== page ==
On one side everything cautious, conservative and conventional argued against the idea. She rationalised that it was normal for families to lead separate lives – mom and dad at work and the kids at school – and that it was normal for husbands and wives to communicate in hurried conversations between carpooling and ticking off the to-do list. Every time Nancy sat in a school meeting, or chatted with other parents on the sidelines at soccer practice, she heard the same thing: separation is normal, this is how people live.
Weighed against social expectations was Nancy’s long-cultivated habit of considering the options and choosing based on the merits of the situation. Though she struggled to reconcile her notions of responsibility and freedom, the more she thought about John’s plan the more Nancy felt like she was the crazy one for clinging to staid ideas about what parents do. “My boys were never going to be eight years old again. If I didn’t spend this time with them I was going to lose the opportunity,” she says. “Life is short. You have one chance and you have to grab on to it.”
Once the decision was made Nancy and John acted swiftly. Within weeks they commissioned a custom-built bicycle for three, recruited family members to housesit and packed their panniers. In June, when school let out, the Vogels strapped on their helmets, mounted up and became the Family On Bikes.
What was their biggest worry as they faced the unknown? Nancy chuckles: “Our only real concern was that the boys enjoy themselves. We were afraid they wouldn’t like it.” It didn’t take long for more pressing issues to arise. From Idaho they peddled into the tawny expanse of the Oregon desert, which stretches for hundreds of thinly-populated miles. “I’d driven through it numerous times but I had no concept,” Nancy admits. “I didn’t understand how remote it was.” They soon discovered that just because a town was on the map was no guarantee it would provide anything as useful as food and shelter. Early on, they found themselves working through a string of hamlets too tiny to even have a grocery store. After one leg of the journey fuelled by potato chips and candy from a tavern they began to quiz the locals as they planned their route. Other challenges included waking up to find their water-bottles frozen solid and, once, leaving their gear out only to have it drenched in a midnight downpour. Each minor catastrophe added up to another piece of wisdom: no matter how tired you are, always repack the panniers and cover everything in a tarp before you turn in; keep a water bottle close so you can at least clean your teeth on an icy morning. “It felt like every time we figured out the rules the whole game changed,” says Nancy. “There were so many things we hadn’t thought about – that we didn’t even know to think about.”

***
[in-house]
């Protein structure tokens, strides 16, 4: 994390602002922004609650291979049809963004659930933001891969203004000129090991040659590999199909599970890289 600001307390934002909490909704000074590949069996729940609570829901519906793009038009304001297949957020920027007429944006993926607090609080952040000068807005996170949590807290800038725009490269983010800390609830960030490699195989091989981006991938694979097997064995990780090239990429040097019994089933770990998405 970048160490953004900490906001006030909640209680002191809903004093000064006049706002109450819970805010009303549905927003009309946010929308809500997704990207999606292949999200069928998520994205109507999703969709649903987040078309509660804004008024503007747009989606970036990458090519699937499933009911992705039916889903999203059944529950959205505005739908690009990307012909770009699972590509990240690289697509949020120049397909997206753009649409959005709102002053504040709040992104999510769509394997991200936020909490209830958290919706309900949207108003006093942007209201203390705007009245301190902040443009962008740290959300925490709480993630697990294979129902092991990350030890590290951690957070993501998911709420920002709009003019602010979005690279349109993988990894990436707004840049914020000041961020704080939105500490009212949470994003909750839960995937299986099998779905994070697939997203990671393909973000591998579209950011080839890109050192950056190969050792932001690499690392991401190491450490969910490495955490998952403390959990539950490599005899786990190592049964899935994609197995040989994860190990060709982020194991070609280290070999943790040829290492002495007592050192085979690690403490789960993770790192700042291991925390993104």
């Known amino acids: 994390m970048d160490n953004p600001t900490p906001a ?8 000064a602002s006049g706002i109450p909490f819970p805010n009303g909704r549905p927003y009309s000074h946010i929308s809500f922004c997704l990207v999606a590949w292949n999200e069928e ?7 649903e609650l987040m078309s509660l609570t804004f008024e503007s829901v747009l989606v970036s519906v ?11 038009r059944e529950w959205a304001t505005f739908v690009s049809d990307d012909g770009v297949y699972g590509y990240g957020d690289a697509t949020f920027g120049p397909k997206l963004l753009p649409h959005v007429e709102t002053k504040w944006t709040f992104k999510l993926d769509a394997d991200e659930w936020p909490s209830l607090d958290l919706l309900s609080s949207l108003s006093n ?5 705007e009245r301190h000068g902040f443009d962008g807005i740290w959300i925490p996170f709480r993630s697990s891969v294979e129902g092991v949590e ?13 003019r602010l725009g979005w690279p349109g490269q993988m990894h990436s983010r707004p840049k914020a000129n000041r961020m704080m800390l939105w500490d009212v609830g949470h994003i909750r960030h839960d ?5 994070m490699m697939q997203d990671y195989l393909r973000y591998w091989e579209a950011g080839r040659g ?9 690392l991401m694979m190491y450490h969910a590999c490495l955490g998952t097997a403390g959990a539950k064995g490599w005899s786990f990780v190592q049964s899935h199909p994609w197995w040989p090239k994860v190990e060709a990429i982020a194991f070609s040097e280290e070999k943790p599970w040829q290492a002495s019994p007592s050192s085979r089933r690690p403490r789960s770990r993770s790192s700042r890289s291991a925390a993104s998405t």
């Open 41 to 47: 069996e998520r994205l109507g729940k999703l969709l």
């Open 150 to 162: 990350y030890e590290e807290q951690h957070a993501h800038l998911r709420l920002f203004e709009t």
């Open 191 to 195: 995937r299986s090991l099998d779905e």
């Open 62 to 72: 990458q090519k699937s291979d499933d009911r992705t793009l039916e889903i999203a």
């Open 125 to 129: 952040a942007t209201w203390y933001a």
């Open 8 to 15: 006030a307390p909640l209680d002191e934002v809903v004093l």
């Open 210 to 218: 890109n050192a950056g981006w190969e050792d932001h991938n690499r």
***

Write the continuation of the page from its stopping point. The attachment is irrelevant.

The one thing they needn’t have fretted about was the boys: Davy and Daryl were too young to worry, or second-guess their parent’s decisions. They took life on the road at face value. It was Nancy who was the family worrier during that first, year-long tour of the states. Each day a knot of tension would clench her stomach as the afternoon waned and they needed to find a camp site. John had a knack for spotting a good pitch, though, and gradually she grew confident he would find them a safe home for the night. Touring together was a daily lesson in trust: trust in herself, her husband, her children, their physical strength, their relationships, and in the kindness of strangers.